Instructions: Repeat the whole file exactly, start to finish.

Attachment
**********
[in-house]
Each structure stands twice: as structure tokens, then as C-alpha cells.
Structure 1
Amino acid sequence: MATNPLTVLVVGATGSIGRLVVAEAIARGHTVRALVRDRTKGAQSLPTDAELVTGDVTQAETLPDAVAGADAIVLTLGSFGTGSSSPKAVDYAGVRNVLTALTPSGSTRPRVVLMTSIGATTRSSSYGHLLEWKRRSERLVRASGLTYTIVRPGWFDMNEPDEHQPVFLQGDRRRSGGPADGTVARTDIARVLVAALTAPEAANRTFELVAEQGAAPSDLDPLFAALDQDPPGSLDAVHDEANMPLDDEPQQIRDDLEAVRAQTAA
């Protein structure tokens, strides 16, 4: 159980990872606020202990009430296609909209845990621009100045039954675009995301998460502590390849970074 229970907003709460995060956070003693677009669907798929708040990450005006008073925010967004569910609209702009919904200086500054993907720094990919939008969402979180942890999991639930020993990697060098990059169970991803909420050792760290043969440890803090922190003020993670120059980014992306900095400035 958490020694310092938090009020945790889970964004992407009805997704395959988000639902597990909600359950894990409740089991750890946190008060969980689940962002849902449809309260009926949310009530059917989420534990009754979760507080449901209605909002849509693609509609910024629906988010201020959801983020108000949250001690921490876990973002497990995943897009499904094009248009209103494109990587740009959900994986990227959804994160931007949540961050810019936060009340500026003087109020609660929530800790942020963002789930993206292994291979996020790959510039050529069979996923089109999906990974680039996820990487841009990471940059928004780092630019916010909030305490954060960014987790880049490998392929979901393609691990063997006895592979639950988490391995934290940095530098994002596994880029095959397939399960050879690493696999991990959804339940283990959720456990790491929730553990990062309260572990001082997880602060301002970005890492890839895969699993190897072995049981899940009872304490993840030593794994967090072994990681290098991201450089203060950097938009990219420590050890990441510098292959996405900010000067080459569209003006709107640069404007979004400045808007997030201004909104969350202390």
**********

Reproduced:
[in-house]
Each structure stands twice: as structure tokens, then as C-alpha cells.
Structure 1
Amino acid sequence: MATNPLTVLVVGATGSIGRLVVAEAIARGHTVRALVRDRTKGAQSLPTDAELVTGDVTQAETLPDAVAGADAIVLTLGSFGTGSSSPKAVDYAGVRNVLTALTPSGSTRPRVVLMTSIGATTRSSSYGHLLEWKRRSERLVRASGLTYTIVRPGWFDMNEPDEHQPVFLQGDRRRSGGPADGTVARTDIARVLVAALTAPEAANRTFELVAEQGAAPSDLDPLFAALDQDPPGSLDAVHDEANMPLDDEPQQIRDDLEAVRAQTAA
């Protein structure tokens, strides 16, 4: 159980990872606020202990009430296609909209845990621009100045039954675009995301998460502590390849970074 229970907003709460995060956070003693677009669907798929708040990450005006008073925010967004569910609209702009919904200086500054993907720094990919939008969402979180942890999991639930020993990697060098990059169970991803909420050792760290043969440890803090922190003020993670120059980014992306900095400035 958490020694310092938090009020945790889970964004992407009805997704395959988000639902597990909600359950894990409740089991750890946190008060969980689940962002849902449809309260009926949310009530059917989420534990009754979760507080449901209605909002849509693609509609910024629906988010201020959801983020108000949250001690921490876990973002497990995943897009499904094009248009209103494109990587740009959900994986990227959804994160931007949540961050810019936060009340500026003087109020609660929530800790942020963002789930993206292994291979996020790959510039050529069979996923089109999906990974680039996820990487841009990471940059928004780092630019916010909030305490954060960014987790880049490998392929979901393609691990063997006895592979639950988490391995934290940095530098994002596994880029095959397939399960050879690493696999991990959804339940283990959720456990790491929730553990990062309260572990001082997880602060301002970005890492890839895969699993190897072995049981899940009872304490993840030593794994967090072994990681290098991201450089203060950097938009990219420590050890990441510098292959996405900010000067080459569209003006709107640069404007979004400045808007997030201004909104969350202390």